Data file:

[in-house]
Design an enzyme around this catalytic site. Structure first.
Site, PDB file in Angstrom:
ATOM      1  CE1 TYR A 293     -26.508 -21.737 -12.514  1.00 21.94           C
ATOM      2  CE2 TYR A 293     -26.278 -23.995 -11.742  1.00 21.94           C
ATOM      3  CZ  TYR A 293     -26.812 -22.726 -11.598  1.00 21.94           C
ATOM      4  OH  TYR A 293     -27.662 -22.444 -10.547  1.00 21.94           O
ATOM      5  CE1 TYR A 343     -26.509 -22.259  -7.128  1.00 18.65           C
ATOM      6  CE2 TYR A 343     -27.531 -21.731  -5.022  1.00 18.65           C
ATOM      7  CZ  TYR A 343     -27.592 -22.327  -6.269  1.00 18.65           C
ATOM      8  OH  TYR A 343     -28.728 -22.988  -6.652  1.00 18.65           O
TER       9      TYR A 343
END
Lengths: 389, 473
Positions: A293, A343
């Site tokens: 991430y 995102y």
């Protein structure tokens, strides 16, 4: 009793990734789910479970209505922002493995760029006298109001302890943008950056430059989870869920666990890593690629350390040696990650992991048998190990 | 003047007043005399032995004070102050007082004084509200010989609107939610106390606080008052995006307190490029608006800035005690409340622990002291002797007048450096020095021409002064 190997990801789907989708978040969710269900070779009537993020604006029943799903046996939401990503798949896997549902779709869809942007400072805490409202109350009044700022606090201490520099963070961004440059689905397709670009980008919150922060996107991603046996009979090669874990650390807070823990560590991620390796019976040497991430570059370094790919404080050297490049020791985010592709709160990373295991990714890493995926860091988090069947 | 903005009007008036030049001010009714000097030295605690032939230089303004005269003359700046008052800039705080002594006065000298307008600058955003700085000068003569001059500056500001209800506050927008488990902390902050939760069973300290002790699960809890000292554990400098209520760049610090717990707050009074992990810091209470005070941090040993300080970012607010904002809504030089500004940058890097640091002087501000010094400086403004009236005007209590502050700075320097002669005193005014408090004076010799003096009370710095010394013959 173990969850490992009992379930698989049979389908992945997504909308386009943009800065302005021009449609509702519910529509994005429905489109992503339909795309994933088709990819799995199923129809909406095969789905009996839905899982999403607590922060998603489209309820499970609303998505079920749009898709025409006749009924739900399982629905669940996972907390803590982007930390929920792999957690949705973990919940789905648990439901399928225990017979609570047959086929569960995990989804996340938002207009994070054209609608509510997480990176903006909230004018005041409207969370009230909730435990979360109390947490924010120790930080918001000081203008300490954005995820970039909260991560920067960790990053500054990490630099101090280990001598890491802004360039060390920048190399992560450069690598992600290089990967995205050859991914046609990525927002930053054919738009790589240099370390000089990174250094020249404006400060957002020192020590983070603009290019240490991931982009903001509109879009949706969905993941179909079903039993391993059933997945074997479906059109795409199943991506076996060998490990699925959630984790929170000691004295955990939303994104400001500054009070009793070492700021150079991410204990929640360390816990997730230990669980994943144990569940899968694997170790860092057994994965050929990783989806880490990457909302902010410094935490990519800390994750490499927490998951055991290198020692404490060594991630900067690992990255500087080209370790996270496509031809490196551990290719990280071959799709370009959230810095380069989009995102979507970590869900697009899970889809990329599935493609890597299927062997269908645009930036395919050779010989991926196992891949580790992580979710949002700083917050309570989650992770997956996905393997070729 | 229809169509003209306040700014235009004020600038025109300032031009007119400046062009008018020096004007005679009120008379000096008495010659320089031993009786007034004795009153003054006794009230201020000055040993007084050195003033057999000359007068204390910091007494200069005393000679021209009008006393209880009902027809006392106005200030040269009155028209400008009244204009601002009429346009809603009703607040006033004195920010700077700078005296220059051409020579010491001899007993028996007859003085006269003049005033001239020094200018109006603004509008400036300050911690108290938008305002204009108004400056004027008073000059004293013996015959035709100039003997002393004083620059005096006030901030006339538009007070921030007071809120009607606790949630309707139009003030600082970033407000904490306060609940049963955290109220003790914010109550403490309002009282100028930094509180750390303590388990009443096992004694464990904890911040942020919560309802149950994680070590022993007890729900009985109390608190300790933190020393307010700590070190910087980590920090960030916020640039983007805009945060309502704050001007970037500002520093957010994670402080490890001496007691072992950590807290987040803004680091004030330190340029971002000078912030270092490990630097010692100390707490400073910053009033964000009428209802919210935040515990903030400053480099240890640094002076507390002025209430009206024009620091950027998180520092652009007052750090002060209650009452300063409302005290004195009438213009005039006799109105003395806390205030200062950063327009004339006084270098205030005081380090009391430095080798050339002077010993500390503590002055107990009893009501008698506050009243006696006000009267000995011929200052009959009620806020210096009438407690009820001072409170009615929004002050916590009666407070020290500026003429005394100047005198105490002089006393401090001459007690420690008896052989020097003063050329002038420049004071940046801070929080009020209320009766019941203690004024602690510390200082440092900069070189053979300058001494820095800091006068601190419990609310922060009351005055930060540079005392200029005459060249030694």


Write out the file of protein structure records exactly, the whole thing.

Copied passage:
[in-house]
Design an enzyme around this catalytic site. Structure first.
Site, PDB file in Angstrom:
ATOM      1  CE1 TYR A 293     -26.508 -21.737 -12.514  1.00 21.94           C
ATOM      2  CE2 TYR A 293     -26.278 -23.995 -11.742  1.00 21.94           C
ATOM      3  CZ  TYR A 293     -26.812 -22.726 -11.598  1.00 21.94           C
ATOM      4  OH  TYR A 293     -27.662 -22.444 -10.547  1.00 21.94           O
ATOM      5  CE1 TYR A 343     -26.509 -22.259  -7.128  1.00 18.65           C
ATOM      6  CE2 TYR A 343     -27.531 -21.731  -5.022  1.00 18.65           C
ATOM      7  CZ  TYR A 343     -27.592 -22.327  -6.269  1.00 18.65           C
ATOM      8  OH  TYR A 343     -28.728 -22.988  -6.652  1.00 18.65           O
TER       9      TYR A 343
END
Lengths: 389, 473
Positions: A293, A343
């Site tokens: 991430y 995102y």
């Protein structure tokens, strides 16, 4: 009793990734789910479970209505922002493995760029006298109001302890943008950056430059989870869920666990890593690629350390040696990650992991048998190990 | 003047007043005399032995004070102050007082004084509200010989609107939610106390606080008052995006307190490029608006800035005690409340622990002291002797007048450096020095021409002064 190997990801789907989708978040969710269900070779009537993020604006029943799903046996939401990503798949896997549902779709869809942007400072805490409202109350009044700022606090201490520099963070961004440059689905397709670009980008919150922060996107991603046996009979090669874990650390807070823990560590991620390796019976040497991430570059370094790919404080050297490049020791985010592709709160990373295991990714890493995926860091988090069947 | 903005009007008036030049001010009714000097030295605690032939230089303004005269003359700046008052800039705080002594006065000298307008600058955003700085000068003569001059500056500001209800506050927008488990902390902050939760069973300290002790699960809890000292554990400098209520760049610090717990707050009074992990810091209470005070941090040993300080970012607010904002809504030089500004940058890097640091002087501000010094400086403004009236005007209590502050700075320097002669005193005014408090004076010799003096009370710095010394013959 173990969850490992009992379930698989049979389908992945997504909308386009943009800065302005021009449609509702519910529509994005429905489109992503339909795309994933088709990819799995199923129809909406095969789905009996839905899982999403607590922060998603489209309820499970609303998505079920749009898709025409006749009924739900399982629905669940996972907390803590982007930390929920792999957690949705973990919940789905648990439901399928225990017979609570047959086929569960995990989804996340938002207009994070054209609608509510997480990176903006909230004018005041409207969370009230909730435990979360109390947490924010120790930080918001000081203008300490954005995820970039909260991560920067960790990053500054990490630099101090280990001598890491802004360039060390920048190399992560450069690598992600290089990967995205050859991914046609990525927002930053054919738009790589240099370390000089990174250094020249404006400060957002020192020590983070603009290019240490991931982009903001509109879009949706969905993941179909079903039993391993059933997945074997479906059109795409199943991506076996060998490990699925959630984790929170000691004295955990939303994104400001500054009070009793070492700021150079991410204990929640360390816990997730230990669980994943144990569940899968694997170790860092057994994965050929990783989806880490990457909302902010410094935490990519800390994750490499927490998951055991290198020692404490060594991630900067690992990255500087080209370790996270496509031809490196551990290719990280071959799709370009959230810095380069989009995102979507970590869900697009899970889809990329599935493609890597299927062997269908645009930036395919050779010989991926196992891949580790992580979710949002700083917050309570989650992770997956996905393997070729 | 229809169509003209306040700014235009004020600038025109300032031009007119400046062009008018020096004007005679009120008379000096008495010659320089031993009786007034004795009153003054006794009230201020000055040993007084050195003033057999000359007068204390910091007494200069005393000679021209009008006393209880009902027809006392106005200030040269009155028209400008009244204009601002009429346009809603009703607040006033004195920010700077700078005296220059051409020579010491001899007993028996007859003085006269003049005033001239020094200018109006603004509008400036300050911690108290938008305002204009108004400056004027008073000059004293013996015959035709100039003997002393004083620059005096006030901030006339538009007070921030007071809120009607606790949630309707139009003030600082970033407000904490306060609940049963955290109220003790914010109550403490309002009282100028930094509180750390303590388990009443096992004694464990904890911040942020919560309802149950994680070590022993007890729900009985109390608190300790933190020393307010700590070190910087980590920090960030916020640039983007805009945060309502704050001007970037500002520093957010994670402080490890001496007691072992950590807290987040803004680091004030330190340029971002000078912030270092490990630097010692100390707490400073910053009033964000009428209802919210935040515990903030400053480099240890640094002076507390002025209430009206024009620091950027998180520092652009007052750090002060209650009452300063409302005290004195009438213009005039006799109105003395806390205030200062950063327009004339006084270098205030005081380090009391430095080798050339002077010993500390503590002055107990009893009501008698506050009243006696006000009267000995011929200052009959009620806020210096009438407690009820001072409170009615929004002050916590009666407070020290500026003429005394100047005198105490002089006393401090001459007690420690008896052989020097003063050329002038420049004071940046801070929080009020209320009766019941203690004024602690510390200082440092900069070189053979300058001494820095800091006068601190419990609310922060009351005055930060540079005392200029005459060249030694």